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Nymphoides Hydrophylla (Taiwan Lotus) Yellow Leaves & melt Problem

ayman.roshdy

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I have a low tech tank (no CO2 and medium light), I have several low tech plants in this tank (the list at the bottom of this post), the only plant that is not doing good is the 'Nymphoides Hydrophylla (Taiwan Lotus)', after a while the leaves' color changes to yellow and melt from the leave border onward, I usually cut out those leaves after a while

Don't know exactly what is happening with this specific plant, the last time I got this plant it was shaded by other bushy plants and I thought that this was the issue but now nothing is shading it plus all the other plants are doing great, any clues?

The list of plants are:
  • Limnophila Sessiliflora
  • Cryptocoryne Wendtii Brown
  • Hygrophila Polysperma Sunset
  • Hygrophila Polysperma
  • Hygrophila Difformis
  • Echinodorus Grisebachii (Amazon Sword)
  • Bucephalandra Godzilla
Thanks

The leaf highlighted by the red circle is an example of the problem:
20221110_184450.jpg
 
The good news is most of the plant looks healthy. If it's just one or two leaves once in awhile then just pinch those off and the plant should do fine.

Pinpointing the cause will be tricky. Lack of light is one possible cause, but the plant looks like it is not shaded. Next would be a nutrient deficiency. Mostly likely NO3 or Fe, but could also be PO4 or K.

How are you dosing the tank? The rest of the plants look like they are in good health so I would not change anything drastically just in small increments.
 
I'm with Greggz, inclined to say fertz problem. NO3 problems appear as leaf melt quite often. Did you by chance place root tabs under this plant? It is quite a root feeder.
 
The heavy root feed thing to me is a slippery slope. If true, does it require ferts to exist in a physical state in the substrate or does it simply take from the water column through the roots, since the column ferts go everywhere anyway.
 
@JPog I totally understand your thinking. The way I see it is more the citations of the elements. For example we know plants in the water column absorb the NO3- citation but if there are NH4+ citations floating around bacteria have to convert them into NO3 for the plant. Now in the root zone plants absorb the NH4+ citation directly or via a symbiotic relationship with bacteria. Now we see it all the time in terrestrial plants feeding one type of N source vs the other changes all kinds of characteristics. Id wager the same for our plants.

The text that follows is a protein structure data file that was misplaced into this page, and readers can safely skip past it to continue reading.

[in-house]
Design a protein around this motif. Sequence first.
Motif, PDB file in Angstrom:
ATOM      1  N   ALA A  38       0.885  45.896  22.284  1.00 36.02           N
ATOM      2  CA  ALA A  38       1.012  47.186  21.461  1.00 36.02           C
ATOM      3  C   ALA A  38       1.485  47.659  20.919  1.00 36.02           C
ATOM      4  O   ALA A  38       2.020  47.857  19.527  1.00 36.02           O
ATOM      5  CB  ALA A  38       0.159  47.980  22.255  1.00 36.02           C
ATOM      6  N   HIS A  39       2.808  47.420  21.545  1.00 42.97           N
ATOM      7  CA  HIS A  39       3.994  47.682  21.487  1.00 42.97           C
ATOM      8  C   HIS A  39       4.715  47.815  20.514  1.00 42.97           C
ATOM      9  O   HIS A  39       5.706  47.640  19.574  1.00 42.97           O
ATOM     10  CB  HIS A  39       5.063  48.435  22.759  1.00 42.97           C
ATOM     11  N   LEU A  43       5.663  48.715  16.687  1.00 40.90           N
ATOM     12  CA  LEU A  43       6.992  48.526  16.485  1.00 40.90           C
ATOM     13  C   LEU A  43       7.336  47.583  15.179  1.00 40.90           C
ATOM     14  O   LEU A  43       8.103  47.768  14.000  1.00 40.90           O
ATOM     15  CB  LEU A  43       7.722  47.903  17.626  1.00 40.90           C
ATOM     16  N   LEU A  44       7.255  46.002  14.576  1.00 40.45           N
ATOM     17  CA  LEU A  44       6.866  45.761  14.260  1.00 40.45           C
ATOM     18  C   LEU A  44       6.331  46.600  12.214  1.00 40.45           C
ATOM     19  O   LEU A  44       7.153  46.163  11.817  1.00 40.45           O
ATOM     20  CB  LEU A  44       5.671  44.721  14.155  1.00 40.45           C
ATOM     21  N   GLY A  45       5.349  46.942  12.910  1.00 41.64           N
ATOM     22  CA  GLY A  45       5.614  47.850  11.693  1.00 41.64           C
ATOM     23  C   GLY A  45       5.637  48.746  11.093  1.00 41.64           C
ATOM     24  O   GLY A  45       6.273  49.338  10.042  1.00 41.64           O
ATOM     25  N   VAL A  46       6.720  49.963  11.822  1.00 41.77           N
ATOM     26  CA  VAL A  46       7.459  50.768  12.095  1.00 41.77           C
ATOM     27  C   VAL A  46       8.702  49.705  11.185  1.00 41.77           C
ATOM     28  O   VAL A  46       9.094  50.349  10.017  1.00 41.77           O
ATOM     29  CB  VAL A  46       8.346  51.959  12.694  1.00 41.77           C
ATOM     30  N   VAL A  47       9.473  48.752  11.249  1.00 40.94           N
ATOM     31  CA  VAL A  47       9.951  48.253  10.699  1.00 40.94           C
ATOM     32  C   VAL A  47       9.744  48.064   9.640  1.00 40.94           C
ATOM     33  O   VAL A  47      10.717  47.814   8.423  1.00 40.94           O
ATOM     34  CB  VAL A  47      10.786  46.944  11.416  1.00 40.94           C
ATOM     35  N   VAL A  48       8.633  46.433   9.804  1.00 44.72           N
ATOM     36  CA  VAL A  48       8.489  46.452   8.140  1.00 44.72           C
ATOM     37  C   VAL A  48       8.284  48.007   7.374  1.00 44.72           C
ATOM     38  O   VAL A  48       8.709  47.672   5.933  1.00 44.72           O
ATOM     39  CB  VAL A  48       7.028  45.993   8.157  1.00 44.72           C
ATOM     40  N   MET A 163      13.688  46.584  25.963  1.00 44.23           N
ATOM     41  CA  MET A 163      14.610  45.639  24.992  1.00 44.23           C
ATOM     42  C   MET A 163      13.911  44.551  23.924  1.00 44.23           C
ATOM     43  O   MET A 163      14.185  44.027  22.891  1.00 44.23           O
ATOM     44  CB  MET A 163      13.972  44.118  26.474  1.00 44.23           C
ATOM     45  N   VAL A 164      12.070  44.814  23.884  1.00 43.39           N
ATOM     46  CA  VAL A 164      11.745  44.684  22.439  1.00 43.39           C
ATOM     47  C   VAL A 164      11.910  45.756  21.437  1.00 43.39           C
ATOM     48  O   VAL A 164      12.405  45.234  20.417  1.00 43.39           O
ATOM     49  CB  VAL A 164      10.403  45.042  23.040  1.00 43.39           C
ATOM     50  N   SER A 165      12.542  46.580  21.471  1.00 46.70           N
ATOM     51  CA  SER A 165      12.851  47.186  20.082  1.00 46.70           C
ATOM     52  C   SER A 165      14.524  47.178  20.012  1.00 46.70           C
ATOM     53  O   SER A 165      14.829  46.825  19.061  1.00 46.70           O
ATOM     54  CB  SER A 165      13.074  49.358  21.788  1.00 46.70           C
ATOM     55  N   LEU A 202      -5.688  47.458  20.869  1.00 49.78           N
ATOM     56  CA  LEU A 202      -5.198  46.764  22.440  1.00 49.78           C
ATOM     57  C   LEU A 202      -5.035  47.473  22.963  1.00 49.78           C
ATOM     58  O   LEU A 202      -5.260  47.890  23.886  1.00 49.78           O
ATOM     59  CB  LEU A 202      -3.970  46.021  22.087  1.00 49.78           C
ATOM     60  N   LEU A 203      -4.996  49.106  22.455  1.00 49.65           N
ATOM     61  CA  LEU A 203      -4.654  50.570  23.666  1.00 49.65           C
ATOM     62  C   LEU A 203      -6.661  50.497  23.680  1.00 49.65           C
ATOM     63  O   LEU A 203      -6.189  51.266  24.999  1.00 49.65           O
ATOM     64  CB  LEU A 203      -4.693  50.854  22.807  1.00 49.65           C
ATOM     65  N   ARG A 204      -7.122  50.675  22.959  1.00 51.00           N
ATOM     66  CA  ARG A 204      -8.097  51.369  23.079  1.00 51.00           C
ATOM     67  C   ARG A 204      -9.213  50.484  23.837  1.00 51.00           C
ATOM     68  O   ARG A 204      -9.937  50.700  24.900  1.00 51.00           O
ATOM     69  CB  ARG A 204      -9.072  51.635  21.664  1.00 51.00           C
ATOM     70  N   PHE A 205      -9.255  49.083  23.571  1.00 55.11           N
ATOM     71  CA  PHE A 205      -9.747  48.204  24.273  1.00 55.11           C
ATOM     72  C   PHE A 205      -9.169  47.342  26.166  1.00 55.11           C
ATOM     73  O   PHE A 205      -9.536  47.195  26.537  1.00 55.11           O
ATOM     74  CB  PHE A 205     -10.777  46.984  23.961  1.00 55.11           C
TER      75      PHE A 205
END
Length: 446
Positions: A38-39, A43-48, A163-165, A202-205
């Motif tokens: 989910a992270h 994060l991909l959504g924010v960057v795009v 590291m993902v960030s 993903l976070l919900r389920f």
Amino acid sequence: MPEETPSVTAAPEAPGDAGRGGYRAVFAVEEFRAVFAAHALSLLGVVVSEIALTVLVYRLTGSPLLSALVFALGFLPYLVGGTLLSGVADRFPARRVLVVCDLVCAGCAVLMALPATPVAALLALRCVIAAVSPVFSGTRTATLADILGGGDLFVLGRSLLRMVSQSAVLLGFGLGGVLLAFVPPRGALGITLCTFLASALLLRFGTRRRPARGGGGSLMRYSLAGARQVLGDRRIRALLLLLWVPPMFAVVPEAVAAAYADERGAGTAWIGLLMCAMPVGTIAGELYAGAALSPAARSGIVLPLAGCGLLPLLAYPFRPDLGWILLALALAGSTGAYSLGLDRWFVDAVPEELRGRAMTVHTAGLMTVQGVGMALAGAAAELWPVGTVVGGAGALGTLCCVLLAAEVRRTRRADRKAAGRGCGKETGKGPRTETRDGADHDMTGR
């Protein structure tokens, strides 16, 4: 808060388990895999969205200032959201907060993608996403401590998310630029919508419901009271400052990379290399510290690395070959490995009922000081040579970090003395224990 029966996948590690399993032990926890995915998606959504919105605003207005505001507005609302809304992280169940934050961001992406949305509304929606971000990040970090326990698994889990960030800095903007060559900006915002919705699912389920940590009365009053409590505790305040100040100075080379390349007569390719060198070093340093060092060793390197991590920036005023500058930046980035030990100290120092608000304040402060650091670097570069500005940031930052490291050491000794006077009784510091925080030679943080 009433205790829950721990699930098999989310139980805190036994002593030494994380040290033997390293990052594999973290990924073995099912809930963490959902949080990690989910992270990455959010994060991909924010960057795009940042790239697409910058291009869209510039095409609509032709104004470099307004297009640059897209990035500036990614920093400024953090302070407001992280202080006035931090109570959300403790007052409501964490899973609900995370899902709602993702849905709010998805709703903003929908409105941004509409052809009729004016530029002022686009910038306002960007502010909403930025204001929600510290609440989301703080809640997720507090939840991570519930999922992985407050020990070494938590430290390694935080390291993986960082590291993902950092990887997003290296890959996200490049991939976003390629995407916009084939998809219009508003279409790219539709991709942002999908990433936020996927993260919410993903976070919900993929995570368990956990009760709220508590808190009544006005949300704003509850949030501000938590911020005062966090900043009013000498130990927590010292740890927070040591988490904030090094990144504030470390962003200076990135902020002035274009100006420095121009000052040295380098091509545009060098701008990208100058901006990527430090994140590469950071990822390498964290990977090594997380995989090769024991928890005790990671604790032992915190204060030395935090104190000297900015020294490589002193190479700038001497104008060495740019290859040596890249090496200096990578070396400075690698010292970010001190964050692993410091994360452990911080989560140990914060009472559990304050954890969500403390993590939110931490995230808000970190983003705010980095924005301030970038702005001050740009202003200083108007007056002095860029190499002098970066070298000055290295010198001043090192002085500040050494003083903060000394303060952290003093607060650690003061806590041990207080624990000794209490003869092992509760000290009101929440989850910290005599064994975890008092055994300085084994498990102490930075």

I'm with Greggz, inclined to say fertz problem. NO3 problems appear as leaf melt quite often. Did you by chance place root tabs under this plant? It is quite a root feeder.
I placed some root tabs below all the plants, but can increase them for this specific plant in the coming maintenance
 
Regarding the dosing regime:
  • The overall water volume is 112 liters (30 gallons)
  • I am dosing on a weekly basis before the 50% water change by 3 days:
    • 7.5 ml Iron
    • 7.5 ml Macros (NPK)
    • 7.5 Potassium (this is considered redundant, so was planning to reduce or stop all together)
    • 7.5 ml Micros (Fe - Zn - Mn - B - Mo)
The rest of the plants seems to like this regime but not this plant, the reason I am dosing before the water change by only 3 days is that these ferts tend to cloud the water a bit (specially the Iron) and I don't really like the look of the tank

Let me know what do you think about this regime and what to change, noting that it is a low tech tank, and I was planning to reduce the ferts after the plants are established/grown more in the tank, the overall age of the tank is 1 month

Thanks for the continuous help and support, it is a real pleasure to be part of this group/forum
 
@JPog I totally understand your thinking. The way I see it is more the citations of the elements. For example we know plants in the water column absorb the NO3- citation but if there are NH4+ citations floating around bacteria have to convert them into NO3 for the plant. Now in the root zone plants absorb the NH4+ citation directly or via a symbiotic relationship with bacteria. Now we see it all the time in terrestrial plants feeding one type of N source vs the other changes all kinds of characteristics. Id wager the same for our plants.

Yep, I hear what your saying. I just realized this is low tech, I also wonder if having nh4 directly in the substrate makes more of a difference in low-tech since the plant makes easier use of it.

@ayman.roshdy What kind of root tabs are you using? They certainly can't hurt as long as they don't foul the water, but you want ones with a useable N source and not something like Flourish tabs.
 
Yep, I hear what your saying. I just realized this is low tech, I also wonder if having nh4 directly in the substrate makes more of a difference in low-tech since the plant makes easier use of it.

@ayman.roshdy What kind of root tabs are you using? They certainly can't hurt as long as they don't foul the water, but you want ones with a useable N source and not something like Flourish tabs.
I am using Tetra InitialSticks; I checked their website and it mentions "Contains valuable natural and mineral ingredients such as humus, clay minerals and iron, which support root formation", so I don't think they contain N, but on the other hand I am dosing liquid Macros which contains N, will look around for another root tabs that contain N, but I think it will melt completely before I can find some, today 2 leaves melt and died, I think the rate is increasing now !
 
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